What Detroit Can Learn From Bangalore: Remove Destructive Taxes

(Note: The following appears in the July issue of Mackinac Center Impact and is an edited excerpt from an article originally published in the June 2006 issue of Reason magazine.)

Bangalore has benefited not just from the central government’s efforts to reduce onerous bureaucracy and red tape, but from its radical reform of the federal tax system, once among the most punitive and complicated in the free world. Now Indian states also have started to simplify their tax schemes, something neither Michigan nor Detroit has found the will to do.

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At its peak in the 1970s, India’s top marginal corporate income tax rate was 93.5 percent. This, combined with an 8 percent tax on wealth, meant those who played by the rules could count on effectively handing over their entire profits to the government at the end of the year.

The 1991 reforms dramatically changed this situation. India not only lowered the marginal income tax rate for corporations and individuals to between 30 and 35 percent (not counting deductions); it slashed the wealth tax to 1 percent and abolished the estate tax. The reforms are ongoing and are not limited to the national government: Last year 21 of India’s 29 states joined hands — a major political miracle — to end a bewildering system of multiple state-level sales taxes that even seasoned accountants couldn’t fathom.

Tax reforms, coupled with trade liberalization that exempted all exports from taxes and slashed duties on imported goods, gave a big boost to the information technology industry. The Indian government, acting on the theory that information technology would propel broad-based economic development in the country, has given the industry targeted tax breaks as well. Around 1999, New Delhi declared a 10-year holiday from corporate income taxes for all companies registered in its official software technology parks program.

But special tax breaks, notes Arvind Panagariya, an economist at Columbia University, have at best helped the industry at the margins. "If it were up to me, I’d end them today," he bristles. The fundamental reason for the software boom, in his opinion, was that India abandoned its import substitution approach and made it easier for the information technology industry to acquire cheap equipment from abroad and combine it with cheap, high-skilled labor at home to produce cost-effective global exports.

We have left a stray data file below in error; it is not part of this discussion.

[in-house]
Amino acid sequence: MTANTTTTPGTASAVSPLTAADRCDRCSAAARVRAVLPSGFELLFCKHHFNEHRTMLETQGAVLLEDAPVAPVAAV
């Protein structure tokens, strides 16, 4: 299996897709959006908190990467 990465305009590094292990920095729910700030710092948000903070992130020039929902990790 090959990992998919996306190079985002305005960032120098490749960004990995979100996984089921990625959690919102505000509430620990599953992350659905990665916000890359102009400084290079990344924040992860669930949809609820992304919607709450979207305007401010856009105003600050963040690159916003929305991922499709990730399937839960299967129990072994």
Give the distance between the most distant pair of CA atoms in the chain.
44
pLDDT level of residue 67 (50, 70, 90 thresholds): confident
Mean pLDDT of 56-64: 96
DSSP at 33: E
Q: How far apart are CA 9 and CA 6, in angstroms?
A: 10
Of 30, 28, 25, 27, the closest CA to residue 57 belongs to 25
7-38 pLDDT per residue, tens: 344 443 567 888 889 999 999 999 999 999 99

Like India, Detroit knows how to use the tax code to play favorites. Nearly every large company that has moved to Detroit in the last decade, including Compuware and General Motors, has done so only after being promised hefty tax breaks. But what the Indian central and state governments are also doing — and Detroit and Michigan are not — is reforming the overall tax climate to make it more friendly to enterprise.

According to the Mackinac Center for Public Policy, Michigan is one of just a handful of states that levy a sales tax, a personal income tax and a business tax. The last, called the Single Business Tax, has the most pernicious effect on entrepreneurship and job growth because it taxes firms on their costs and investments, rather than their profits. If a company adds employees, its SBT goes up. If it raises wages, its SBT goes up. If it buys new equipment, its SBT goes up.

Political leaders from both parties have long recognized the perversity of this tax, but they haven’t been able to muster the political will to wean the state off it. (At press time, reformers were making a renewed push to scrap the SBT.) Michigan’s political pusillanimity contrasts sharply with the bold reform of the state sales taxes in India, where leaders divided by language, religion, class and caste managed to unite behind a single tax scheme, even persuading local politicians to forgo what they have long regarded as their God-given right: selectively handing sales tax exemptions to favored groups to build their fiefdoms.

On top of all the state taxes, Detroit adds several of its own, including a 5 percent tax on residents’ utility bills (which goes, bizarrely, to the police); a 2.5 percent personal income tax on residents; a 1.25 percent personal income tax on people who work in Detroit, but don’t live there; and a 1 percent corporate income tax. As if that were not bad enough, the city charges such a high assessment on property when it is sold that few buyers are willing to pay it, freezing the real estate market and forcing owners to burn or abandon their houses. For a family of four making $50,000, Detroit is the eighth highest-taxed city in the nation.

Radical tax cuts along with deregulation awoke the world to Bangalore’s information technology potential. It is unclear where Detroit’s potential is; only a free-market discovery process can reveal it. But whatever it may be, it will remain hidden so long as Detroit’s onerous tax burden and regulations keep scaring businesses away from the city.


Shikha Dalmia is a senior analyst at the Los Angeles-based Reason Foundation and an adjunct scholar with the Mackinac Center for Public Policy, a research and educational institute headquartered in Midland, Mich.